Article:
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Meat Industry Hits Back over Cancer and Meat Claims

18 January 2012

UK - The British pig industry has hit back following the publication in the British Journal of Cancer by researchers at the Karolinska Institute in Stockholm suggesting eating two rashers of bacon a day can increase the risk of pancreatic cancer by 19 per cent.

A statement from the British Pig Executive, BPEX, said: "There is no evidence that a moderate intake of lean red meat, when consumed as part of a healthy balanced diet, has any negative health effects.

"It is over-simplistic and misleading to link a single food or category of food to a specific disease such as cancer. Cancer like other chronic diseases is multi-factorial and a wide range of diet and lifestyle factors are thought to contribute.

"One of the key limitations of these types of studies is that processed meat is typically poorly defined. As a category it encompasses a wide range of products and patterns of consumption differ around the world.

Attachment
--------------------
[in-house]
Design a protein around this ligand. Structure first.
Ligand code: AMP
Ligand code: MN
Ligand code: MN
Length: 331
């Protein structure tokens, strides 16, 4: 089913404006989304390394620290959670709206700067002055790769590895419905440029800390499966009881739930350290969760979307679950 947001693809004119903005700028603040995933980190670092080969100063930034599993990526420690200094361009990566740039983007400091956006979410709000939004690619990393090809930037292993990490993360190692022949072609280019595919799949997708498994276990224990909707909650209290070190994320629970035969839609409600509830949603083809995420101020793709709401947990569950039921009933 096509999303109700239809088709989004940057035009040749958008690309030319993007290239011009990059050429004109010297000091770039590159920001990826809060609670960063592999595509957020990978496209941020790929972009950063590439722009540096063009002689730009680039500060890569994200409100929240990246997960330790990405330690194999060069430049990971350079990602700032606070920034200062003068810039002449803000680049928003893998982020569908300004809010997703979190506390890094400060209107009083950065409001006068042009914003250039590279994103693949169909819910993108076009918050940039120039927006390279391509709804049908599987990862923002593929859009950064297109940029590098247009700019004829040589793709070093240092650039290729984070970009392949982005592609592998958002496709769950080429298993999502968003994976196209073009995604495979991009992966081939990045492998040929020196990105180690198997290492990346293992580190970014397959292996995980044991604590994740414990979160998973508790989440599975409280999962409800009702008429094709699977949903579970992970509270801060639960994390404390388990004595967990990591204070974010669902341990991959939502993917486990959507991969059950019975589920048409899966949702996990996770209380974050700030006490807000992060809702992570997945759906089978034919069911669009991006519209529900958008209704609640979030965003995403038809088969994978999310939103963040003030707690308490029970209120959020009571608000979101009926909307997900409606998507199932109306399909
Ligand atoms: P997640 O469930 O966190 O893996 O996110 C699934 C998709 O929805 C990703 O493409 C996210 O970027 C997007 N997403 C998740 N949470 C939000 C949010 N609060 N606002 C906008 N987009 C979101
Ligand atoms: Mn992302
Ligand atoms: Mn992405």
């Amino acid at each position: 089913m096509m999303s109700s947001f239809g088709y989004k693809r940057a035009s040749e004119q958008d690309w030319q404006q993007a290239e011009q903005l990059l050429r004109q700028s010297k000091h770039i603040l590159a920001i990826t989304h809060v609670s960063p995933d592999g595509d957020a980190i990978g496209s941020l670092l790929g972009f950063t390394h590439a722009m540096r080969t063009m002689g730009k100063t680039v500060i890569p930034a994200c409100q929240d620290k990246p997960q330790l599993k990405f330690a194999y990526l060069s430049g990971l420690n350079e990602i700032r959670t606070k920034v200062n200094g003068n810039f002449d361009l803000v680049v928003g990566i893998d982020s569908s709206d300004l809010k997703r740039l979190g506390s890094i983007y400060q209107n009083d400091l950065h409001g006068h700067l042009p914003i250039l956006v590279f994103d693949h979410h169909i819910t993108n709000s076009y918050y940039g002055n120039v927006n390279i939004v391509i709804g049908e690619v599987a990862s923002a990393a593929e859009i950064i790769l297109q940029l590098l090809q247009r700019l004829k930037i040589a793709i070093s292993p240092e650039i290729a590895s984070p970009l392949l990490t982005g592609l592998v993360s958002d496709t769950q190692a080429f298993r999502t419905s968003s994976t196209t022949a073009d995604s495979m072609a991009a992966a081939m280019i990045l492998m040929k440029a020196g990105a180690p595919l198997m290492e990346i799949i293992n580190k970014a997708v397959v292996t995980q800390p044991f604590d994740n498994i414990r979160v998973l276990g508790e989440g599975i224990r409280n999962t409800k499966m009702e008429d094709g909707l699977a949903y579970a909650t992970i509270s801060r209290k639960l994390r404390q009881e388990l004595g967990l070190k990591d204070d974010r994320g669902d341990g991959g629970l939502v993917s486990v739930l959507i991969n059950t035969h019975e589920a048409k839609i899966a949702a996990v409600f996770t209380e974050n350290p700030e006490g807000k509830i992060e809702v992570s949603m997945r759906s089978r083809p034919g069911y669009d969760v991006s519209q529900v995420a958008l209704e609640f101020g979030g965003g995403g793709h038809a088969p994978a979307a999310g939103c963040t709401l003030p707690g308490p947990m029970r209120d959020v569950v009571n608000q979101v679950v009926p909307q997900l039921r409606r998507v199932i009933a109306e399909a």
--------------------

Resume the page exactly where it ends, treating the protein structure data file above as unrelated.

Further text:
"Average consumption of bacon in this country is well below the amount mentioned in the report so the vast majority of people would have nothing to worry about."

In a report on the website Sense about Science, Nigel Hawkes, Director of Straight Statistics says: “According to the researchers the risk of developing pancreatic cancer is quite small, one in 77 for men and one in 79 for women. Office of National Statistics mortality figures don't quite agree. They show 7,146 people dying of pancreatic cancer in 2009, out of a total of 489,097 deaths, i.e. one in 68.

"If eating one less sausage a day reduced the risks by 19 per cent, as the paper suggests, the risk of dying of pancreatic cancer would be reduced to one in 84. The deaths saved per year would be 1,357. If we take the population of the UK to be 60 million, and assume 50 million eat sausages (subtracting infants and vegetarians) then more than 36,000 people would have to make this dietary change to save one death per year.”

The report adds: "In our Making Sense of Statistics guide writer and broadcaster Michael Blastland said: 'Why do reports prefer to talk about relative percentage risks without mentioning the absolute risk? The suspicion must be that this allows the use of ‘bigger numbers’: 20 per cent is big enough to be a scare, an absolute change of one per cent or even 1 person in every 100, is less disturbing'.”

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